4to, pp. ‘1-102’ [i.e. 204], , with engraved title and 51 (of 52) hand-coloured copper-engraved plates (the first bound as frontispiece); partially printed on blue paper, pl. LII excised; very slightly foxed, neatly repaired tear to pl. XLI; contemporary half calf with marbled sides in imitation of marbled calf, spine with gilt lettering-pieces on coloured paper, edges speckled green, marbled endpapers; rubbed and bumped at extremities.
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Der Naturfreund, oder naturgeschichtliche Unterhaltungen … neu aufgelegt und fortgesetzt … erster Band, mit illuminirten Abbildungen.
First volume of the second edition of the Naturfreund, a collection of zoological, ornithological, ichthyological, and botanical plates displaying the wildlife familiar to the self-taught engraver Friedrich Gottlob Endler (1763 – 1822) in Silesia. The work was initially published in eleven volumes, each with fifty-two plates, between 1809 and 1824; this second edition was begun in 1828.
Not in Nissen.
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The natural History of Cornwall: The Air, Climate, Waters, Rivers, Lakes, Sea, and Tides; Of the Stones, Semimetals, Metals, Tin, and the Manner of Mining; The Constitution of the Stannaries; Iron, Copper, Silver, Lead, and Gold, found in Cornwall; Vegetables, rare Birds, Fishes, Shells, Reptiles, and Quadrupeds; Of the Inhabitants, their Manners, Customs, Plays or Interludes, Exercises, and Festivals, the Cornish Languages, Trade, Tenures, and Arts; illustrated with a new Sheet Map of the County, and twenty-eight Folio Copper-Plates from the original Drawings taken on the Spot.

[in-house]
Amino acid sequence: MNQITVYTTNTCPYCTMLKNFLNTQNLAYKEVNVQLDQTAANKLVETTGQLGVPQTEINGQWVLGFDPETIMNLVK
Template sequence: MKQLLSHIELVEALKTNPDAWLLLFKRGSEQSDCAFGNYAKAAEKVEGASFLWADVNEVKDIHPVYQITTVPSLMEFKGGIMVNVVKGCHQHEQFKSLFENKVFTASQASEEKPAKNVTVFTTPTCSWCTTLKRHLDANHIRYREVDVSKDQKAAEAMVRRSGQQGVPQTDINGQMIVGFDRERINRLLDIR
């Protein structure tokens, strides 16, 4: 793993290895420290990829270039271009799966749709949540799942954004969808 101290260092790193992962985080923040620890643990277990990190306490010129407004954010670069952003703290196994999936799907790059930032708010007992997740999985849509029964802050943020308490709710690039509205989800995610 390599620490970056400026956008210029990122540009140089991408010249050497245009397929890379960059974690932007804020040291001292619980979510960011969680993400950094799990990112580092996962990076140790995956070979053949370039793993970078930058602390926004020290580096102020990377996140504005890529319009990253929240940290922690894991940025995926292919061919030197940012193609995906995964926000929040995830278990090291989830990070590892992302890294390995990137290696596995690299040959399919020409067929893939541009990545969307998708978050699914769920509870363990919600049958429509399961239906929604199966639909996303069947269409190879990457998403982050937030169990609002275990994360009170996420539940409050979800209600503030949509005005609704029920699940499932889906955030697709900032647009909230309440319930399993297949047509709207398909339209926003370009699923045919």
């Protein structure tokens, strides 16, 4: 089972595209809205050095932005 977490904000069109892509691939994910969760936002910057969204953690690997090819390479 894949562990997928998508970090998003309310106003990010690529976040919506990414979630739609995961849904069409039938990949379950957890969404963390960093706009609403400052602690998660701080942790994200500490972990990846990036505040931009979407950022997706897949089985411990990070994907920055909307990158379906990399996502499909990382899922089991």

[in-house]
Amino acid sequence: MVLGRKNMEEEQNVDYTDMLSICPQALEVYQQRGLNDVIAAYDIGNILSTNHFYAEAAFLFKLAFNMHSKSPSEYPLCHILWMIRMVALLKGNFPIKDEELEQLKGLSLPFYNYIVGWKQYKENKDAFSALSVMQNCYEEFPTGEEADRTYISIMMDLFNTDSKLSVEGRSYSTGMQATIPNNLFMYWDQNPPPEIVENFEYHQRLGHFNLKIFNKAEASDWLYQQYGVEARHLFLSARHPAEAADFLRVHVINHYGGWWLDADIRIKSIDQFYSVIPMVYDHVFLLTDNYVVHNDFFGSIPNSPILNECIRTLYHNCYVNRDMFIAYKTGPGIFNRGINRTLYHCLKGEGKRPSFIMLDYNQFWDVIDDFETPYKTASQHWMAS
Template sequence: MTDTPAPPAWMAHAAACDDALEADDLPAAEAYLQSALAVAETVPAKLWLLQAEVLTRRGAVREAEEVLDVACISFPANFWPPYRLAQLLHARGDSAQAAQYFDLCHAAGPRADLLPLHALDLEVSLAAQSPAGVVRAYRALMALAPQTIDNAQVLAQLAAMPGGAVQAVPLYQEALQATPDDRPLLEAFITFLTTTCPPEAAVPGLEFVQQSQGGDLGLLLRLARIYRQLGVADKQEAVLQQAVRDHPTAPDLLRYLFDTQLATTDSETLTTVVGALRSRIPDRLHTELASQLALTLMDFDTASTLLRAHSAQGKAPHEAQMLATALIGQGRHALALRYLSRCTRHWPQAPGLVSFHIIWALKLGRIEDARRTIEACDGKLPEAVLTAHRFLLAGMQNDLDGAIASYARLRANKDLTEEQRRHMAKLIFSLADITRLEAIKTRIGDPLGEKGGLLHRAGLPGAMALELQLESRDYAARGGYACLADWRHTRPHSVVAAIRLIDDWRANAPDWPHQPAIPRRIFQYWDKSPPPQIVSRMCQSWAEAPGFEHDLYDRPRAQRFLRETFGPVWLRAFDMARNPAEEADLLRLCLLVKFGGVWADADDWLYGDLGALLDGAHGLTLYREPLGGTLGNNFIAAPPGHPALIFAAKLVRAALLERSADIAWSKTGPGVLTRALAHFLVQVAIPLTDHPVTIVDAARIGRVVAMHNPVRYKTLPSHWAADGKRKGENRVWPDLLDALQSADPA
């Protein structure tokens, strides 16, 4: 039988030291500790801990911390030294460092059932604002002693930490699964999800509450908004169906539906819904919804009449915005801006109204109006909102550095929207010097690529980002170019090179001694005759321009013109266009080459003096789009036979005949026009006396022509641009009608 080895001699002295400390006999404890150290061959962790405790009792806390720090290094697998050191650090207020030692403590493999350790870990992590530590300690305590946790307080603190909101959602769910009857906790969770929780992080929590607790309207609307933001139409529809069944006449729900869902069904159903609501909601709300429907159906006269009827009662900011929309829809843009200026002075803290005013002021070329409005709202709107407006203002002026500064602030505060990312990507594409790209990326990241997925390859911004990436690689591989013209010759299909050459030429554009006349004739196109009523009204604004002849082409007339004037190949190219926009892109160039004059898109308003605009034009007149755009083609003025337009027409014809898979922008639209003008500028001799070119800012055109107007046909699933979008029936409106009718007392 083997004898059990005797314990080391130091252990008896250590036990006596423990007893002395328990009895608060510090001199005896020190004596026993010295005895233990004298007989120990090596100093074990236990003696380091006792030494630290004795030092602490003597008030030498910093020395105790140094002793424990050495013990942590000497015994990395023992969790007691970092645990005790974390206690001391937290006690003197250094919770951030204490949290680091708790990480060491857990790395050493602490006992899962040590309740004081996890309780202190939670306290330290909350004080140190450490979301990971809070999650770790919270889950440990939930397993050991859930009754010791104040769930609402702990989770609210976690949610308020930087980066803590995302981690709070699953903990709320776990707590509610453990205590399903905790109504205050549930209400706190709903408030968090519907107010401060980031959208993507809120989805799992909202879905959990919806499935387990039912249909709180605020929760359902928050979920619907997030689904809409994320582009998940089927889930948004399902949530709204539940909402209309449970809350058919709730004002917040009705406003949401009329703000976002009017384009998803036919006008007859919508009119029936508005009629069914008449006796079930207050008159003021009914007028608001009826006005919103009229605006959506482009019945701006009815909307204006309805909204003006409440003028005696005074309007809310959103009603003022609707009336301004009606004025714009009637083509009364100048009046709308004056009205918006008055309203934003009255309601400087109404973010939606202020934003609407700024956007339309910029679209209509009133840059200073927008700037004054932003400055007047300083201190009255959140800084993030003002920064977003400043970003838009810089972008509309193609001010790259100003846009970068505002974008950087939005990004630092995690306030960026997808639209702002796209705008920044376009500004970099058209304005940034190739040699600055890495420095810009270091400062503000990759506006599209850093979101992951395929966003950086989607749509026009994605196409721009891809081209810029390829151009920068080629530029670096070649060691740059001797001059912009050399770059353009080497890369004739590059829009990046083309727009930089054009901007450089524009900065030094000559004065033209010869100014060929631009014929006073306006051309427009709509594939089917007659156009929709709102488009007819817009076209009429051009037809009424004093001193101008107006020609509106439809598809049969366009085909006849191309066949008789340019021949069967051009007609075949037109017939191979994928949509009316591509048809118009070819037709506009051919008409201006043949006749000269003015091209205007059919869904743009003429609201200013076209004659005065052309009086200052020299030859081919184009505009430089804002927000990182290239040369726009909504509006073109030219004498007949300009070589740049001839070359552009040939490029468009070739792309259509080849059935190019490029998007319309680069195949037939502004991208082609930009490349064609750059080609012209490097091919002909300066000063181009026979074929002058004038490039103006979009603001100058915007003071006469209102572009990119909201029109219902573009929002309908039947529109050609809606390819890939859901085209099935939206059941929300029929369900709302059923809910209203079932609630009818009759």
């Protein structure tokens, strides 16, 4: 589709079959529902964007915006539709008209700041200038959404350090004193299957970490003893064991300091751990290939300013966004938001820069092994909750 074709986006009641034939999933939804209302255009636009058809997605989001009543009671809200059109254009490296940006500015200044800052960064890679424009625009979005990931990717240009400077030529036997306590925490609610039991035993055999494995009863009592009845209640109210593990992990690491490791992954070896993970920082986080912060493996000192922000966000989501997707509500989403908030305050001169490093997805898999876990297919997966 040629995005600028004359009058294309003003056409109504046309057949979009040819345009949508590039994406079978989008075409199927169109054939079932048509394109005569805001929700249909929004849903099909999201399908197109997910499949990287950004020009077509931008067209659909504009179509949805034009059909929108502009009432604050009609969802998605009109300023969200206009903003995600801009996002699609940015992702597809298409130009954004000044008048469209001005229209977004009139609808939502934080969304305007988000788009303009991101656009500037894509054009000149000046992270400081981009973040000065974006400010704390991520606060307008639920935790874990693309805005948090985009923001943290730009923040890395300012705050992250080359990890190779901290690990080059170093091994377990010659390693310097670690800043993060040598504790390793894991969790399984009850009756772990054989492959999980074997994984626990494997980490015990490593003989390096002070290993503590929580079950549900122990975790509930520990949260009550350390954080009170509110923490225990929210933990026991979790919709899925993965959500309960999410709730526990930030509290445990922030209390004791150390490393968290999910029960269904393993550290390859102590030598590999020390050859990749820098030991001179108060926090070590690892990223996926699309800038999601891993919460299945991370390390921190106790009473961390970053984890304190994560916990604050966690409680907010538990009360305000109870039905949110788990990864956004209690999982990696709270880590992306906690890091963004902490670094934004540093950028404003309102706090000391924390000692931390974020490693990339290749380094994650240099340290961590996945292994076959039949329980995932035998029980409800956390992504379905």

First edition of Borlase’s monumental survey of Cornwall. Though aged over sixty at the time of publication, William Borlase (1696 – 1772), rector of Ludgvan, toured central and eastern Cornwall between 1752 and 1757, gathering material for his Natural History. The result, though less ambitious than intended, provides a detailed account of the county, its flora, fauna, geology, and culture, elegantly illustrated with large copper plates.
An Exposition of English Insects, including the several Classes of Neuroptera, Hymenoptera, & Diptera, or Bees, Flies, & Libellulae, exhibiting on 51 Copper Plates near 500 Figures, accurately drawn, & highly finished in Colours, from Nature, the whole minutely described, arranged, & named according to the Linnean System, with Remarks; the Figures of a great Number of Moths, not in the Aurelian Collection, formerly published by the same Author, and a Plate with an Explanation of Colours, are likewise given in the Work.
Second edition of Harris’s ‘principal scientific work’ (ODNB), incorporating his important treatise establishing the classification of insects by wing venation. ‘I have kept so far as this method was agreeable to, and did not interfere with the plan, which I have adopted, of a strict adherence to a Natural System, separating the classes by such nice though strong distinctions, that the observer at first sight of an insect (if it be of the Diptera or Hymenoptera) shall be capable of not only knowing the class it refers to, but at the same time to what order and section of that class, and this by the wings only’ (preface).